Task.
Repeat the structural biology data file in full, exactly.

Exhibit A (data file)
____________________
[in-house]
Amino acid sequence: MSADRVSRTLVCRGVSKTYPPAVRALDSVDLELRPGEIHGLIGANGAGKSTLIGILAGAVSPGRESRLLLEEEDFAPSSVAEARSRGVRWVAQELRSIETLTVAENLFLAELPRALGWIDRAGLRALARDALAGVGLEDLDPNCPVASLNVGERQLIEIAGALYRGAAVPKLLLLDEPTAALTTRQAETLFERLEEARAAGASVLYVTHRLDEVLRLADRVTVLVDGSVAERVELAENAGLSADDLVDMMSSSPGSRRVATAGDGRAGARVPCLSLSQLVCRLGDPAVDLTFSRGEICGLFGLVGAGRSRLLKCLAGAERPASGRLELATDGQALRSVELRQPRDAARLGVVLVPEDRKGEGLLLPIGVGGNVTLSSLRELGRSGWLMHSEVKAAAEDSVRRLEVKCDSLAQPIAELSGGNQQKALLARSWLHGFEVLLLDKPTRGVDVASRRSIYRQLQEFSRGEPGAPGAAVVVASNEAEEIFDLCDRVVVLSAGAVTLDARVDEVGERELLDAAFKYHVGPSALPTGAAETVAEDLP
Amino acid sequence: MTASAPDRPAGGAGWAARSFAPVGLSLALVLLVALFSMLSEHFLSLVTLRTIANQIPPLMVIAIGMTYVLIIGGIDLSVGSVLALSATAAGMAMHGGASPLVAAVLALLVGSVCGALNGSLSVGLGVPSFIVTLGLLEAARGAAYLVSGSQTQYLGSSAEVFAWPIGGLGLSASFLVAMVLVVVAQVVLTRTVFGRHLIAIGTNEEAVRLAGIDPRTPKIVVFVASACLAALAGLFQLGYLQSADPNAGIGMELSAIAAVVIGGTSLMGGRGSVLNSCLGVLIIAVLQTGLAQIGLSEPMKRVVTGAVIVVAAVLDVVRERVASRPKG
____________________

[in-house]
Amino acid sequence: MSADRVSRTLVCRGVSKTYPPAVRALDSVDLELRPGEIHGLIGANGAGKSTLIGILAGAVSPGRESRLLLEEEDFAPSSVAEARSRGVRWVAQELRSIETLTVAENLFLAELPRALGWIDRAGLRALARDALAGVGLEDLDPNCPVASLNVGERQLIEIAGALYRGAAVPKLLLLDEPTAALTTRQAETLFERLEEARAAGASVLYVTHRLDEVLRLADRVTVLVDGSVAERVELAENAGLSADDLVDMMSSSPGSRRVATAGDGRAGARVPCLSLSQLVCRLGDPAVDLTFSRGEICGLFGLVGAGRSRLLKCLAGAERPASGRLELATDGQALRSVELRQPRDAARLGVVLVPEDRKGEGLLLPIGVGGNVTLSSLRELGRSGWLMHSEVKAAAEDSVRRLEVKCDSLAQPIAELSGGNQQKALLARSWLHGFEVLLLDKPTRGVDVASRRSIYRQLQEFSRGEPGAPGAAVVVASNEAEEIFDLCDRVVVLSAGAVTLDARVDEVGERELLDAAFKYHVGPSALPTGAAETVAEDLP
Amino acid sequence: MTASAPDRPAGGAGWAARSFAPVGLSLALVLLVALFSMLSEHFLSLVTLRTIANQIPPLMVIAIGMTYVLIIGGIDLSVGSVLALSATAAGMAMHGGASPLVAAVLALLVGSVCGALNGSLSVGLGVPSFIVTLGLLEAARGAAYLVSGSQTQYLGSSAEVFAWPIGGLGLSASFLVAMVLVVVAQVVLTRTVFGRHLIAIGTNEEAVRLAGIDPRTPKIVVFVASACLAALAGLFQLGYLQSADPNAGIGMELSAIAAVVIGGTSLMGGRGSVLNSCLGVLIIAVLQTGLAQIGLSEPMKRVVTGAVIVVAAVLDVVRERVASRPKG